Jury Finds GM Car's Ignition Switch Not to Blame in Crash

A jury decided Wednesday that a General Motors ignition switch wasn’t to blame for a 2014 car crash in Louisiana, and no legal damages were awarded to the case’s two plaintiffs.
A jury decided Wednesday that a General Motors ignition switch wasn’t to blame for a 2014 car crash in Louisiana, and no legal damages were awarded to the case’s two plaintiffs. Photo: Associated Press

A jury found a General Motors Co. ignition switch installed in a car “unreasonably dangerous” but stopped short of awarding damages in a case arising from litigation consolidated in a New York federal court.

The jurors’ verdict on Wednesday found a 2007 Saturn Sky involved in an early 2014 Louisiana crash defective, determining its ignition switch deviated from the Detroit auto maker’s specifications or performance standards. The jury also found the company failed to warn consumers about the faulty switch.

But the jury didn’t blame the switch for the accident, so no legal damages were awarded to the case’s two plaintiffs. The jury found injuries or damages the car’s driver and passenger suffered weren’t “proximately caused by a characteristic” of the Saturn Sky.

The case stemmed from a car that crashed into a guardrail on an icy road in New Orleans in January 2014. The driver and passenger sued GM, GM 0.11 % blaming the car’s defective ignition switch for minor injuries suffered in the crash.

The verdict concluded the second of six trials slated for this year aimed at setting patterns for remaining legal settlements related to a defective switch on roughly 2.6 million older vehicles GM recalled in early 2014. The switch, now linked to 124 deaths, can slip from the run position and disable safety features including air bags.

The verdict suggests additional trials will be needed before a clear pattern of results emerges for the purposes of negotiating settlements in remaining cases. GM has fared well so far in the legal proceedings while plaintiffs’ lawyers have failed to score outright victories. A judge dismissed the first so-called bellwether case that went to trial earlier this year after GM uncovered evidence that the plaintiffs had committed fraud. That case was selected by plaintiffs’ lawyers. GM selected the second case.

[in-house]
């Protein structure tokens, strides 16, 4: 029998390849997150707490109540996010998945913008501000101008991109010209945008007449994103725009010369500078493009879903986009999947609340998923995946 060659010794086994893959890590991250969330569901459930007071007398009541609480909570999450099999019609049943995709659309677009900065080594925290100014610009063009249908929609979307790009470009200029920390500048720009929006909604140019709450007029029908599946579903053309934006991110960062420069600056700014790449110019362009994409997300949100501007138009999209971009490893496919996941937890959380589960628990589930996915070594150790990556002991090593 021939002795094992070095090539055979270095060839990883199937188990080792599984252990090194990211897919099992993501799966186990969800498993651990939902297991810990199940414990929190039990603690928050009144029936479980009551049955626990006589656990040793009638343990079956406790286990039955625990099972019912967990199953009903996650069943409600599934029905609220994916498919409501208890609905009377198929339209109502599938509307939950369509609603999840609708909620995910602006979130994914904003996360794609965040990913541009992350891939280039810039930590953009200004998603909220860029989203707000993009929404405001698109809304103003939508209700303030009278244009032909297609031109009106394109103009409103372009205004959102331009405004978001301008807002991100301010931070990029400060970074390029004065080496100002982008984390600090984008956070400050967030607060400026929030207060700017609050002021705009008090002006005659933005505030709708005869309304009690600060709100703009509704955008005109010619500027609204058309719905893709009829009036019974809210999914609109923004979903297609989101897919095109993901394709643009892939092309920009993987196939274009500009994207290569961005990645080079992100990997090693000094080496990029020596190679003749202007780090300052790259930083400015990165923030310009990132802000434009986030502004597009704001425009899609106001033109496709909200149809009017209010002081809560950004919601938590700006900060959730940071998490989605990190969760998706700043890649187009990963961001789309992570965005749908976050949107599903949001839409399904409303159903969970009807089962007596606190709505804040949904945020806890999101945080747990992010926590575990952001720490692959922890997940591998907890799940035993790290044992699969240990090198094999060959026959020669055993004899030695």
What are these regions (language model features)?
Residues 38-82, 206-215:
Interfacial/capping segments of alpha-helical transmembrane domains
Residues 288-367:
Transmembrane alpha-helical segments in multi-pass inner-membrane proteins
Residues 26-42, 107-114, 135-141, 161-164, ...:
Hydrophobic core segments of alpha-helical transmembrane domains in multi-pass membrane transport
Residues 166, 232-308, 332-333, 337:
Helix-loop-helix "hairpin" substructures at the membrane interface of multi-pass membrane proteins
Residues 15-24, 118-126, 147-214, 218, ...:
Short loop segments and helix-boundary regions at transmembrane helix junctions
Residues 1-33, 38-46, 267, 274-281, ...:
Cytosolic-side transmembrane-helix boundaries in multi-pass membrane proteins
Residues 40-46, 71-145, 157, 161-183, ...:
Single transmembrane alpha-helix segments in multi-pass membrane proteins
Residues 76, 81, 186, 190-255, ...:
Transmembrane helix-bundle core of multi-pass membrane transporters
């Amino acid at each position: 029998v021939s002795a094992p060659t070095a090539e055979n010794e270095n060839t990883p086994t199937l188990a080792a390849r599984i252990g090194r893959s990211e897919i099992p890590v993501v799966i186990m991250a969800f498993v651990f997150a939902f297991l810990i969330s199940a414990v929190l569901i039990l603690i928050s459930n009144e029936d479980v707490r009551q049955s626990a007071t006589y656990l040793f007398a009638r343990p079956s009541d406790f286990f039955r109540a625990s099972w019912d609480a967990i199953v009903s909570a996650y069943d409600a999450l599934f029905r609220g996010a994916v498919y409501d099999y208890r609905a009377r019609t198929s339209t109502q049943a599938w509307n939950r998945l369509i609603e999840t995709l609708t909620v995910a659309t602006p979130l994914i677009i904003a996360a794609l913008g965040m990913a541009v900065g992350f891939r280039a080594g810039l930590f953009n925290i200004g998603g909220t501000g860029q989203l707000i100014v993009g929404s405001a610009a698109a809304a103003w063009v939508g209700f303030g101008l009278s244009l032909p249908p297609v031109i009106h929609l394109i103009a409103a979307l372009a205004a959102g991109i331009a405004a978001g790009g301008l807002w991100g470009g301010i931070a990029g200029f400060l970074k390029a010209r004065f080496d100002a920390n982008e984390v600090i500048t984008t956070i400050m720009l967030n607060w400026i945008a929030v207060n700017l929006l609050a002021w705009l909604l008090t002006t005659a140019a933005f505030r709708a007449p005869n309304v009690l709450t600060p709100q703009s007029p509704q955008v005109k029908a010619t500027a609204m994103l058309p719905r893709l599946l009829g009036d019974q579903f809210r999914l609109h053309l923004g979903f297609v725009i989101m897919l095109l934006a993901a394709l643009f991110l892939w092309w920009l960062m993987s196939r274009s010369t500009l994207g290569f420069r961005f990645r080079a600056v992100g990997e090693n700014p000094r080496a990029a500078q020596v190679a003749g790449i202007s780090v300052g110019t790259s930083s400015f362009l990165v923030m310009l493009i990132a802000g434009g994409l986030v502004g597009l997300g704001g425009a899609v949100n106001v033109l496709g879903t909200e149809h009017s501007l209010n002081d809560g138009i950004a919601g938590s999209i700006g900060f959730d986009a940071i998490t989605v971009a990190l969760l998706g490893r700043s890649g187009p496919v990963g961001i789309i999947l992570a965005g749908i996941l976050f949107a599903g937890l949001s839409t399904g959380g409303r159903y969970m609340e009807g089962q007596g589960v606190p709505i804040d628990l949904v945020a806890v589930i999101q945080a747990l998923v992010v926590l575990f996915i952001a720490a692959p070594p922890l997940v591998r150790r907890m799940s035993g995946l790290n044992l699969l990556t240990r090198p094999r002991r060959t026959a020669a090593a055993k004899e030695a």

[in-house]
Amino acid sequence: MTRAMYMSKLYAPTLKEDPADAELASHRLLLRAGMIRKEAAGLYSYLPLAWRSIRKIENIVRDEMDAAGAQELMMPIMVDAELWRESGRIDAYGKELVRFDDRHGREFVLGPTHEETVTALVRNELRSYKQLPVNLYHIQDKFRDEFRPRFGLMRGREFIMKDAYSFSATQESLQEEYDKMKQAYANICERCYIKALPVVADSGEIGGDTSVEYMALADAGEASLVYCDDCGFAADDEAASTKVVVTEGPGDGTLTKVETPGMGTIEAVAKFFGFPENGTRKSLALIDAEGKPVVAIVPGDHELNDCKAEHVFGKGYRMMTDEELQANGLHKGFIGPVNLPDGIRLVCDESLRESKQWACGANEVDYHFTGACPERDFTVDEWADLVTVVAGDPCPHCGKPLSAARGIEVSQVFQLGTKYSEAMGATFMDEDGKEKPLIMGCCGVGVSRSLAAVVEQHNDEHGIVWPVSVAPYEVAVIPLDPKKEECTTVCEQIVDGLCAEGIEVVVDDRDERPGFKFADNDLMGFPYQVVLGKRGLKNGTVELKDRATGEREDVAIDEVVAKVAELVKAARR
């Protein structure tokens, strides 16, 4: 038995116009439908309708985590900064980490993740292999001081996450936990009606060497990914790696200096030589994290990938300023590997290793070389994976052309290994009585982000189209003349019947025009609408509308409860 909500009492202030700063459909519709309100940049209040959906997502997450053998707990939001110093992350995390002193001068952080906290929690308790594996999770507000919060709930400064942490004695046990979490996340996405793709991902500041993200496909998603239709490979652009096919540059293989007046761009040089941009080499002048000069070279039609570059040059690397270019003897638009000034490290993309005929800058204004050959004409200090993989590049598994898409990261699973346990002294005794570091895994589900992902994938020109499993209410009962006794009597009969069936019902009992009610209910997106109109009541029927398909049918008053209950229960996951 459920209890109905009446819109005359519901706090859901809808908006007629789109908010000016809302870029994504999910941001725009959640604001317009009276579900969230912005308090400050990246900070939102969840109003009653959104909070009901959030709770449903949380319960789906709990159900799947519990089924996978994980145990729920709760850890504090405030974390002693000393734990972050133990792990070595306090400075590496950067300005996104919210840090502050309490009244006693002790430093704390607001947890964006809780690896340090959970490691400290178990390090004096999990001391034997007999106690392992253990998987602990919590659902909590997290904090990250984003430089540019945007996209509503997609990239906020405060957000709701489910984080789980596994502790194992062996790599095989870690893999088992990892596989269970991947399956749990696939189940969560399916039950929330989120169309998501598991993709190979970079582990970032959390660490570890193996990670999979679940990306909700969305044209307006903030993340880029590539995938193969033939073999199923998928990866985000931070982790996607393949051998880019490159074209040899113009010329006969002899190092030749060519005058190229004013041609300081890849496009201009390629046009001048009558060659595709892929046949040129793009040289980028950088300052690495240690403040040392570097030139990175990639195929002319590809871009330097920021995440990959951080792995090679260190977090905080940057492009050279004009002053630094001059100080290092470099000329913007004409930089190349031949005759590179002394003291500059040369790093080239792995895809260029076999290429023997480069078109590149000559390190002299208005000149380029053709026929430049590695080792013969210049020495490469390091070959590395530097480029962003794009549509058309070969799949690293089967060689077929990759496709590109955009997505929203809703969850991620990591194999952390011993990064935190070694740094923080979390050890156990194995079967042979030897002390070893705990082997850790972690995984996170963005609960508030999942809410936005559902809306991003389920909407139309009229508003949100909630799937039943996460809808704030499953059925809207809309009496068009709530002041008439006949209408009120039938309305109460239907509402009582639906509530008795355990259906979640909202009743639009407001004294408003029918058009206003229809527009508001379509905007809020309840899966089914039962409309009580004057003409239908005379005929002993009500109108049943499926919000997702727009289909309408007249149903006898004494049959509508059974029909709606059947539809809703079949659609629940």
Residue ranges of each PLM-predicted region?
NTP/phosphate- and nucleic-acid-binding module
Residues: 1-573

Wednesday’s verdict prompted both plaintiffs’ lawyers and GM to claim victory.

“We are pleased that the jury agreed that we proved that our client’s vehicle was defective, that it was unreasonably dangerous, and that GM failed to use reasonable care to provide an adequate warning of that danger to consumers, including our clients,” said Randall Jackson, a Boies, Schiller & Flexner LLP lawyer who represented the plaintiffs. “We think that the jury’s findings are a victory for consumers and will advance the cause of all of the plaintiffs in the [consolidated litigation].”

GM emphasized the jury’s finding that the switch didn’t cause the crash. “The jurors studied the merits of the case and saw the truth: This was a very minor accident that had absolutely nothing to do with the car’s ignition switch,” a GM spokesman said. “The evidence was overwhelming that this accident—like more than 30 others that occurred in the same area that night—was caused by the driver losing control on an icy bridge during a statewide winter weather emergency.“

The next bellwether ignition-switch trial, selected by plaintiffs’ lawyers, is scheduled for May.

The Louisiana case, like the first trial, featured unexpected hiccups. U.S. Judge Jesse Furman dismissed two jurors in the second trial amid concerns they were falling asleep during court proceedings.

GM is still dealing with fallout from the defective switch, even after reaching settlements with the U.S. Justice Department, shareholders and consumers totaling more than $ 2 billion. The company has admitted to misleading regulators and consumers about the faulty switch.

A report GM commissioned by former U.S. attorney Anton Valukas found GM failed for more than a decade to recall vehicles with the faulty switch despite internal evidence of a safety problem. Mr. Valukas found a pattern of incompetence and neglect among GM employees dealing with the switch but no intentional coverup of the defect.

Write to Mike Spector at [email protected]

WSJ.com: US Business

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